You know how throwing on some tunes and busting out some spring cleaning can make you feel brand new? Well, the same can go for tackling that pesky financial checklist!
We’re here to help you get started – with 11 ways to freshen up your finances this season:
Create—or update—your budget
A budget is an essential organizing tool that can help you get a handle on where your money goes each month and reach financial goals (like building an emergency fund or taking that dream vacation!) And it’s a great starting place for spring cleaning.
- If you don’t have a budget yet, you can use this handy guide to create one.
- If you do have a budget, but haven’t looked at it in a while, now’s the perfect time to dust it off. Are you spending way more on groceries than you budgeted for? Or do you have some new expenses that you haven’t added to your budget yet? Review your budget, income, and recent spending – and make any changes necessary so it reflects your current habits and needs.
Give your budget an extra squeeze
While you’re reviewing your budget and spending habits, look for opportunities to tidy it up by trimming the extraneous. (If it’s tight to begin with, this can be a challenge!) But maybe you’ll notice you’re ordering takeout more often than you planned. Or your free trial for a new streaming service ended, and now you’re getting charged $10 a month for something you don’t even use. Cutting back even a little can help you free up extra cash to help you save more or repay your debts.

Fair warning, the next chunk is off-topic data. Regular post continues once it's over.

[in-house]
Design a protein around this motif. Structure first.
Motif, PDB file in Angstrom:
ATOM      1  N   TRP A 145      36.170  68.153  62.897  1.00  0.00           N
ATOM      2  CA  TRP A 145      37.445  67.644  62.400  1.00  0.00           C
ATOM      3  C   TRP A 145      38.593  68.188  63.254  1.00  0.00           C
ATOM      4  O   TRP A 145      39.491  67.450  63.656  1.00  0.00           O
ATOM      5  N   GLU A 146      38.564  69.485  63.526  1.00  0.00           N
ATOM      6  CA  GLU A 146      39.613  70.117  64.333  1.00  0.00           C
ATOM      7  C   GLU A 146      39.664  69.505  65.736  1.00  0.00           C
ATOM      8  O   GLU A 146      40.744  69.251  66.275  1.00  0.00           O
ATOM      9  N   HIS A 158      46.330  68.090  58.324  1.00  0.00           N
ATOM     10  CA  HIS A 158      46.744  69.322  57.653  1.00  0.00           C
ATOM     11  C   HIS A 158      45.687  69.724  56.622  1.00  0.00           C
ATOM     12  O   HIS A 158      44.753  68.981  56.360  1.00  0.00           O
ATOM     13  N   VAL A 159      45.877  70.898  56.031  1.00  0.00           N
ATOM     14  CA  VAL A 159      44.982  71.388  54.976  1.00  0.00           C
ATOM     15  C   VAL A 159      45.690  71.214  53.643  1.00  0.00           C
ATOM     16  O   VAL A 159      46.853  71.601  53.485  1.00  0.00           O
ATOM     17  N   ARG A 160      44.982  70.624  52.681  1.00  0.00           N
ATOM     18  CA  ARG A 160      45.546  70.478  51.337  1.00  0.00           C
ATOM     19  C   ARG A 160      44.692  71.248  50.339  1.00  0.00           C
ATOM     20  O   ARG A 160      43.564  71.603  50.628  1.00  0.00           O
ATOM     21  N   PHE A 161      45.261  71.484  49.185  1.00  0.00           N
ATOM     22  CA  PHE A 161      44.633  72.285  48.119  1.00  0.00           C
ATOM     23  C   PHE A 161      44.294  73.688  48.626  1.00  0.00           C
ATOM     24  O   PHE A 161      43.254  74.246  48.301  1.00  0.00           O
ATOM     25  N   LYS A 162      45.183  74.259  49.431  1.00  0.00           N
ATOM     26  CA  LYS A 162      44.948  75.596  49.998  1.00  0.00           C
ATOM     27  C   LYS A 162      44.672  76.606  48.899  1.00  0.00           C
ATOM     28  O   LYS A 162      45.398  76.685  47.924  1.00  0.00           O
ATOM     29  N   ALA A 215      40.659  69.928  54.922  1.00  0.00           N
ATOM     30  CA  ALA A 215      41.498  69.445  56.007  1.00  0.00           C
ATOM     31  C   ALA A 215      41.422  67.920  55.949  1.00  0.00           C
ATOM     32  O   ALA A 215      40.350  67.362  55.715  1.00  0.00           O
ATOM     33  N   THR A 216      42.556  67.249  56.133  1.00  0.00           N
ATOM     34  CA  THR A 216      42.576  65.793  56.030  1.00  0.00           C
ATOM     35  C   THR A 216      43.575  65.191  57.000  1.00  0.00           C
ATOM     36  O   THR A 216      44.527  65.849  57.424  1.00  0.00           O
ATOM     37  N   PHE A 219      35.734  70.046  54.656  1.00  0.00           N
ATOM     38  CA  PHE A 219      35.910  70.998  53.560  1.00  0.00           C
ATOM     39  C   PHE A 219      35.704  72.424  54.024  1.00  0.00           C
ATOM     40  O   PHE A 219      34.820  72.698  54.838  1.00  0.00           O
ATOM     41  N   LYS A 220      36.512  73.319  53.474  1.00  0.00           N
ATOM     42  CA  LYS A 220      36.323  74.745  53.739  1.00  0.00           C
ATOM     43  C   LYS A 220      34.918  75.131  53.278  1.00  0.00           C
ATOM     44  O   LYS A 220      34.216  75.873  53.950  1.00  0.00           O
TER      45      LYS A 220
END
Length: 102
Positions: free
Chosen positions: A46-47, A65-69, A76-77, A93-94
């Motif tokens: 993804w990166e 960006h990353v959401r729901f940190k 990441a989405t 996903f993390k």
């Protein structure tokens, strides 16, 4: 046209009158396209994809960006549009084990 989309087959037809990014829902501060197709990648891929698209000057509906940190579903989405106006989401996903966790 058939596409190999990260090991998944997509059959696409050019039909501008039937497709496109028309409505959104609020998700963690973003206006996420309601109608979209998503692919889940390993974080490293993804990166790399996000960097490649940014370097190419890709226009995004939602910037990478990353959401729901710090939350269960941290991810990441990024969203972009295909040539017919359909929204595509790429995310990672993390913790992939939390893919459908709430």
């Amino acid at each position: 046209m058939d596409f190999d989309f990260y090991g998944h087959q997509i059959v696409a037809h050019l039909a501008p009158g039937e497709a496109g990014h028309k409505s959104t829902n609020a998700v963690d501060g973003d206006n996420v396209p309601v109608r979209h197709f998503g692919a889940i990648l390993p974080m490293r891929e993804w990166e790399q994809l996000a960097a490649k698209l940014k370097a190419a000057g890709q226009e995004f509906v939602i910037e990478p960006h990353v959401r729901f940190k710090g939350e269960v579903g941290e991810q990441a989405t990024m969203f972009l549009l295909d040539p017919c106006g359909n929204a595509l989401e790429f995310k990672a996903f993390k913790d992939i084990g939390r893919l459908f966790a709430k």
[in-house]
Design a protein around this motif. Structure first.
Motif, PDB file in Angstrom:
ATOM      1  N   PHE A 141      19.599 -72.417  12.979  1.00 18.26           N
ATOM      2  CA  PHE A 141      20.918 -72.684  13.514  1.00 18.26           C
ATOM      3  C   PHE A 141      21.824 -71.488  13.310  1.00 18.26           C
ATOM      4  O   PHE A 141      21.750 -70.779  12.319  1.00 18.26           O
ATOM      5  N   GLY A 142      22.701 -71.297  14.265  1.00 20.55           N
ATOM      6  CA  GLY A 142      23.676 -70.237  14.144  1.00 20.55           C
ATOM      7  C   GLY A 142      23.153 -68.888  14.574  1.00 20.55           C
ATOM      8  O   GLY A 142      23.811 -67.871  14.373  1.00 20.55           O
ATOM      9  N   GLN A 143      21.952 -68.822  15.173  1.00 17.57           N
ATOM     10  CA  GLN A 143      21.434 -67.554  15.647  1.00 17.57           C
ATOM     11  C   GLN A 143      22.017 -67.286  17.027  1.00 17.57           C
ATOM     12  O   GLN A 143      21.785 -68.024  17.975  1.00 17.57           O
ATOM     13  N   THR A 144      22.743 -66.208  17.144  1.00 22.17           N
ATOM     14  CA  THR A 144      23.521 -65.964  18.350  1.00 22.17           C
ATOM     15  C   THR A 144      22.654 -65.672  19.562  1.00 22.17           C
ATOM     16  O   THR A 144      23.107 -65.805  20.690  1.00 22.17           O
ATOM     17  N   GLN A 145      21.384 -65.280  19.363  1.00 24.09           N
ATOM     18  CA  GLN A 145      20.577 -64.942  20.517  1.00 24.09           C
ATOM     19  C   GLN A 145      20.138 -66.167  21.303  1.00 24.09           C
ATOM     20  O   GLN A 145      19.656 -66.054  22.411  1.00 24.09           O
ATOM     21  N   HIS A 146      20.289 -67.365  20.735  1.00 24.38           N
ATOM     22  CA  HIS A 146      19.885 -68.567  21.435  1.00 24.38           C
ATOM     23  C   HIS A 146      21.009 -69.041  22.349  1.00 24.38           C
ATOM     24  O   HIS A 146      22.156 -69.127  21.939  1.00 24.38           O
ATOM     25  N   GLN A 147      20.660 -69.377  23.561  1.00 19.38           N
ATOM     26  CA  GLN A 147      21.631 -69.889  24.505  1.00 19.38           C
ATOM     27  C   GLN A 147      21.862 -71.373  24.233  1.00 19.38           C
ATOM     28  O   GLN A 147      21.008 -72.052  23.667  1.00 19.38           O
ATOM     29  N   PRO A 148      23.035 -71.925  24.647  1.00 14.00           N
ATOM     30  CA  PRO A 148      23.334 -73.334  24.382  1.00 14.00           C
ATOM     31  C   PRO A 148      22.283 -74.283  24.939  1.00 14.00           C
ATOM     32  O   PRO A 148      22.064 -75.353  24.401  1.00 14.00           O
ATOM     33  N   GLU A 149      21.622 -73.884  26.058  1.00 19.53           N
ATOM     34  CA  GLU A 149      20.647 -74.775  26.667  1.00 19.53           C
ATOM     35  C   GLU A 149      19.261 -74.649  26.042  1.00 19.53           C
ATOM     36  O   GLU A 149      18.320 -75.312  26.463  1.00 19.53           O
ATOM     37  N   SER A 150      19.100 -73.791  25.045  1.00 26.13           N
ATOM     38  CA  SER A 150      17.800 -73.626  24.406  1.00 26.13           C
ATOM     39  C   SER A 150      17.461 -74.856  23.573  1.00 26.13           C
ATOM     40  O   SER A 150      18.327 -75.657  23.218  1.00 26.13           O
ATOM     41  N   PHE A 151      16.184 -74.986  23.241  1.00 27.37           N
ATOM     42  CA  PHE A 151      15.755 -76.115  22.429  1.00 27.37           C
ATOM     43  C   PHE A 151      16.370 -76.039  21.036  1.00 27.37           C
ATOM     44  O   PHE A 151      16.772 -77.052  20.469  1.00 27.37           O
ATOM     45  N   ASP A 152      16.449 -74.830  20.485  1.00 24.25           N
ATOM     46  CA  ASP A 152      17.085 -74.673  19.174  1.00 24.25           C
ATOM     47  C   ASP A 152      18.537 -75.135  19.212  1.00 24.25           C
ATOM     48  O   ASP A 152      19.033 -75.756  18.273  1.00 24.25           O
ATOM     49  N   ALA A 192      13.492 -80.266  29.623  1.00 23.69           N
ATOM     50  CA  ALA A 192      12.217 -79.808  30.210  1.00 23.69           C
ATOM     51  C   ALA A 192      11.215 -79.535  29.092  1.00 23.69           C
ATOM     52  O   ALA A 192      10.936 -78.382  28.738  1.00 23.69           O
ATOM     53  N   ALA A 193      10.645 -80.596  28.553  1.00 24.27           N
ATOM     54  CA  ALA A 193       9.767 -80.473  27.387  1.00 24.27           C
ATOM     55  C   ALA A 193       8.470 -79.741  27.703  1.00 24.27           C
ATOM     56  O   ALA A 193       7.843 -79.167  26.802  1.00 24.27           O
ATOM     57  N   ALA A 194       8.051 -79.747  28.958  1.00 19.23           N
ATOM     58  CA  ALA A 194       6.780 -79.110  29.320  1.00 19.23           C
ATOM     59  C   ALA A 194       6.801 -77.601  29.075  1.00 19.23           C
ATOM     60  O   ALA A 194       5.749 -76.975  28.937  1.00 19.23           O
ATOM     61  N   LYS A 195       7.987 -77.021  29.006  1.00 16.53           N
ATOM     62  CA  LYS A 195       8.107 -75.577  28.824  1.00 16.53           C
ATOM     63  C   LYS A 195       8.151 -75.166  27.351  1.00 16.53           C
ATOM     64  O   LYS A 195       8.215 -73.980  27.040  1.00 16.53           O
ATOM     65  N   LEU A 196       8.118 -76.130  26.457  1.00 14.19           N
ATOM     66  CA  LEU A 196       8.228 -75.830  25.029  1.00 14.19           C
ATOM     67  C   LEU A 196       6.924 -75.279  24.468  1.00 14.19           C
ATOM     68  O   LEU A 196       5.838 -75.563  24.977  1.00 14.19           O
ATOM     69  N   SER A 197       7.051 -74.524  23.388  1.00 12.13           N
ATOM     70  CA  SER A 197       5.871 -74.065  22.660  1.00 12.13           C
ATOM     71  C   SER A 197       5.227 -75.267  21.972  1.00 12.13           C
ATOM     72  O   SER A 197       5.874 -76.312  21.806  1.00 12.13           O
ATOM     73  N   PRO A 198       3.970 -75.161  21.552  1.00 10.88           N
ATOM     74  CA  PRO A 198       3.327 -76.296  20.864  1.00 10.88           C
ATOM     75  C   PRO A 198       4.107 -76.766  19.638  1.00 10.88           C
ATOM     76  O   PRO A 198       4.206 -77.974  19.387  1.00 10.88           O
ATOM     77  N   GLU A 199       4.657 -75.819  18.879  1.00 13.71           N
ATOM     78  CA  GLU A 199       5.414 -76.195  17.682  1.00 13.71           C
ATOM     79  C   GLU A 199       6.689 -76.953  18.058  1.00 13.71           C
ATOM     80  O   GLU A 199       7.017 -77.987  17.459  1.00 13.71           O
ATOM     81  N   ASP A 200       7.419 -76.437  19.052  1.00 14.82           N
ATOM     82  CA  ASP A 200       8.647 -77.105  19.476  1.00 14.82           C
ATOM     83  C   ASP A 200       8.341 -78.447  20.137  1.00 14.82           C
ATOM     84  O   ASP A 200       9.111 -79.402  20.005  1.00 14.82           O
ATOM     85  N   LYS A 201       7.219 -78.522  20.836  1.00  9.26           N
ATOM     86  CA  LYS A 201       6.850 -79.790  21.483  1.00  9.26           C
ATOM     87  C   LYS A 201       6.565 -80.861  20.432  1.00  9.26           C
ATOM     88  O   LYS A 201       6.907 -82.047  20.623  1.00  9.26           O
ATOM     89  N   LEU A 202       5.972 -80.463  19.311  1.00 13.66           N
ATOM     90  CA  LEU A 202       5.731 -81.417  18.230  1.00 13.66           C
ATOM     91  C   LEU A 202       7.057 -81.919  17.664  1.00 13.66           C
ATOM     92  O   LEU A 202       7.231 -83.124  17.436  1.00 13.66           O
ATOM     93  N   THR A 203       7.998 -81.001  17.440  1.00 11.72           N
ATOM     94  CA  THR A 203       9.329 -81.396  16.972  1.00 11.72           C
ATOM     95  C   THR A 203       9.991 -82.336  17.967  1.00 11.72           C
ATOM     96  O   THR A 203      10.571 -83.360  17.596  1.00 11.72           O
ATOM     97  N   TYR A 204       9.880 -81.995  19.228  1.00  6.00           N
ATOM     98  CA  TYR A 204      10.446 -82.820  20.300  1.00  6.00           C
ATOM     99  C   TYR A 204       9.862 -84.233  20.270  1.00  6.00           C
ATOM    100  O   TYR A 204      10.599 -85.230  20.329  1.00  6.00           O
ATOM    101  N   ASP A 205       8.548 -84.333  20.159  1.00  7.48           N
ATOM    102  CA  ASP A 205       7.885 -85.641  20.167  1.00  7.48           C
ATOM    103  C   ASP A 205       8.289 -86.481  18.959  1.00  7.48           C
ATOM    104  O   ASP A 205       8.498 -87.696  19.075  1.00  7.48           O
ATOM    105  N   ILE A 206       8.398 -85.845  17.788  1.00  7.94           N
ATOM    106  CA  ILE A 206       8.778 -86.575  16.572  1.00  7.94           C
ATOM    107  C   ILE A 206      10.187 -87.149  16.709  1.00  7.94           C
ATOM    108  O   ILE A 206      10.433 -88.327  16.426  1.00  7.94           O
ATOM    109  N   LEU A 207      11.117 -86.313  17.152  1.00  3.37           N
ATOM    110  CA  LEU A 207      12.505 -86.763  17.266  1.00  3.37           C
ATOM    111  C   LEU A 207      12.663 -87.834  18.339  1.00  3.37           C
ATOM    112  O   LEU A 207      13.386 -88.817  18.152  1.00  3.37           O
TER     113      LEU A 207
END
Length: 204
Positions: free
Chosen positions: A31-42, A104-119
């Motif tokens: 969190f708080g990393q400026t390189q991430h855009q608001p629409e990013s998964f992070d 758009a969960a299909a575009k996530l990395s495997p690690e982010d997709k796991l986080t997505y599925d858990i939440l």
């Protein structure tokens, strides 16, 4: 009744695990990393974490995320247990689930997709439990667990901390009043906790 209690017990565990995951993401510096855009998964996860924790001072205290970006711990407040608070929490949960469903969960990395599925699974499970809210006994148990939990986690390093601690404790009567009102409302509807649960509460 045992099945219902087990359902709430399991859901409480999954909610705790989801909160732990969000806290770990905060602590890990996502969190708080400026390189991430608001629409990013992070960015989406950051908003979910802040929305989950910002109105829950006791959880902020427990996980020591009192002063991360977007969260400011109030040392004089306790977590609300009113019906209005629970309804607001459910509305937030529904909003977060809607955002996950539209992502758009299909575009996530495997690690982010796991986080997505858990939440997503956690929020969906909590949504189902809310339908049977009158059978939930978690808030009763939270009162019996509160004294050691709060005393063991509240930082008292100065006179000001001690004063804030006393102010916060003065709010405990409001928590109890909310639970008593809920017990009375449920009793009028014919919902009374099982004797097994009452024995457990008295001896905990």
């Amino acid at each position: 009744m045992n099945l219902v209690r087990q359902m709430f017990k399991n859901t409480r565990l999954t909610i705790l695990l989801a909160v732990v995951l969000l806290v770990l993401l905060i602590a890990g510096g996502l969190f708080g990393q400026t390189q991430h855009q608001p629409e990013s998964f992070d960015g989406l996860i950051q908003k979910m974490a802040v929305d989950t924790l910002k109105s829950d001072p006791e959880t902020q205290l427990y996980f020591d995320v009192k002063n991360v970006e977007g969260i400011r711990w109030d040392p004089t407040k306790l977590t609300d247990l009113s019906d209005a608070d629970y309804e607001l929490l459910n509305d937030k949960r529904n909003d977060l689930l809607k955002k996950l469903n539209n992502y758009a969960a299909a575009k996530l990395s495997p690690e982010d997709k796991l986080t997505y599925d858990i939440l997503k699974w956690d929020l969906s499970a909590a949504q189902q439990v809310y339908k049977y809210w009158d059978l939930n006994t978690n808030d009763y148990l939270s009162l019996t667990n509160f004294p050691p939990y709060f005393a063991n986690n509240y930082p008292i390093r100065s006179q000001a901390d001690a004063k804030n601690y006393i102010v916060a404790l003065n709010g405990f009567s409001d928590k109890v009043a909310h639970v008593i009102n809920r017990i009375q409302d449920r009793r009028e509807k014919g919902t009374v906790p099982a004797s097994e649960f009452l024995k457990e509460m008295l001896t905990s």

Turn clutter to cash
Decluttering is a great way to discover stuff you no longer need—yet could be useful to someone else. While you’re finding out what’s hiding at the back of your closet and under your bed, look for items to pass on. Create three piles for unused stuff: to toss, donate, or sell. After you’ve tidied up your space, work your way through that to-sell pile. List your stuff on sites like ebay, Poshmark, or Facebook Marketplace, and save the extra cash.
Update your tax withholding
Spring is also tax season, which means you may be getting a tax refund. That’s great! But if your refund is pretty hefty, that may be a sign you need to adjust your withholding so you get more of that money in each paycheck. With a bigger paycheck, you’d have more money to put into savings, or invest, so it has a chance to grow. Otherwise, you’re giving the government an interest-free loan when you could be putting it to better use. To adjust your federal tax withholding, use the IRS Withholding Estimator and give your employer a new W-4 with your updated info.